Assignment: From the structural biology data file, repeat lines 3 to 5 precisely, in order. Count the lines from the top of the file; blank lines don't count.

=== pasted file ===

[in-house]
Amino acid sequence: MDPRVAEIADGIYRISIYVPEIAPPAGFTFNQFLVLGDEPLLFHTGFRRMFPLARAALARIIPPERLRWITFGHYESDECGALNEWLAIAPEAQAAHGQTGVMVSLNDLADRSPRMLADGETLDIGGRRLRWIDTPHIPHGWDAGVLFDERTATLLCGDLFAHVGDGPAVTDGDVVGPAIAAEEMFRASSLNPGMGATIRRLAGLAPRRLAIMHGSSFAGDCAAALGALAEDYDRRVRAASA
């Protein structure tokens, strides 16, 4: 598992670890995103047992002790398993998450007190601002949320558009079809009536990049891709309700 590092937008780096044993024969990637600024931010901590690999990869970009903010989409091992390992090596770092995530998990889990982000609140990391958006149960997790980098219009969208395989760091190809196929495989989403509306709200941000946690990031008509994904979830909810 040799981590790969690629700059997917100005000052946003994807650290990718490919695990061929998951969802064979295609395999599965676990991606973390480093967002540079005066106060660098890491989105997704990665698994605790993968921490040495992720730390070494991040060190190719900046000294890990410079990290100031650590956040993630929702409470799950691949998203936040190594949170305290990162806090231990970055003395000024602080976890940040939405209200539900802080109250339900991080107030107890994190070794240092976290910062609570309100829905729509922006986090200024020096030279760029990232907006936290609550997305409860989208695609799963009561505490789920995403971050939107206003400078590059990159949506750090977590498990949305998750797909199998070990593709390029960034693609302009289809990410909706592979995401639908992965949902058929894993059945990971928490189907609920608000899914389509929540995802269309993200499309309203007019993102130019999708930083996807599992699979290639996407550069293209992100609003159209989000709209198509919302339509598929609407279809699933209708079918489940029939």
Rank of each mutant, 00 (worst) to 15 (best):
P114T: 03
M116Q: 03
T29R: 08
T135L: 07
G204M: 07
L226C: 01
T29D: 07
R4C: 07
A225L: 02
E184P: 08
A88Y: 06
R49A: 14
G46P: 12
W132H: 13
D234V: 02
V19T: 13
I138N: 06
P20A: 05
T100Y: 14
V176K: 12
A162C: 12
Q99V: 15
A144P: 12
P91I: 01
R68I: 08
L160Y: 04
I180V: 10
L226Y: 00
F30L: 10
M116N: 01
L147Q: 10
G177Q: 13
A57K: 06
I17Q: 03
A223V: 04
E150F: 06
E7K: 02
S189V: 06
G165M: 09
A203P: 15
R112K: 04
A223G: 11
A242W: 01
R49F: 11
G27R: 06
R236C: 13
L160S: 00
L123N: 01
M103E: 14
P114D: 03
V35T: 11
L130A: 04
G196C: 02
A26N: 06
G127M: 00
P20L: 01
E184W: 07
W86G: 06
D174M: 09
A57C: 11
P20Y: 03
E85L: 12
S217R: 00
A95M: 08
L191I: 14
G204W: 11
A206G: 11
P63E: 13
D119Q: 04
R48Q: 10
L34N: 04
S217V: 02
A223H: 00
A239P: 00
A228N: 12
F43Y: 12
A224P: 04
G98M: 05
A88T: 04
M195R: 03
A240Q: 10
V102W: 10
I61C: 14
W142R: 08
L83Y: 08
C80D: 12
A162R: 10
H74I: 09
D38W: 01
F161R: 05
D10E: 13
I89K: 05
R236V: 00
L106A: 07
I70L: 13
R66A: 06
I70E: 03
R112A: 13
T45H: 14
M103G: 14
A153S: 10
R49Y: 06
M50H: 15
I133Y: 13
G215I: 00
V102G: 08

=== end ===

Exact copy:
């Protein structure tokens, strides 16, 4: 598992670890995103047992002790398993998450007190601002949320558009079809009536990049891709309700 590092937008780096044993024969990637600024931010901590690999990869970009903010989409091992390992090596770092995530998990889990982000609140990391958006149960997790980098219009969208395989760091190809196929495989989403509306709200941000946690990031008509994904979830909810 040799981590790969690629700059997917100005000052946003994807650290990718490919695990061929998951969802064979295609395999599965676990991606973390480093967002540079005066106060660098890491989105997704990665698994605790993968921490040495992720730390070494991040060190190719900046000294890990410079990290100031650590956040993630929702409470799950691949998203936040190594949170305290990162806090231990970055003395000024602080976890940040939405209200539900802080109250339900991080107030107890994190070794240092976290910062609570309100829905729509922006986090200024020096030279760029990232907006936290609550997305409860989208695609799963009561505490789920995403971050939107206003400078590059990159949506750090977590498990949305998750797909199998070990593709390029960034693609302009289809990410909706592979995401639908992965949902058929894993059945990971928490189907609920608000899914389509929540995802269309993200499309309203007019993102130019999708930083996807599992699979290639996407550069293209992100609003159209989000709209198509919302339509598929609407279809699933209708079918489940029939």
Rank of each mutant, 00 (worst) to 15 (best):
P114T: 03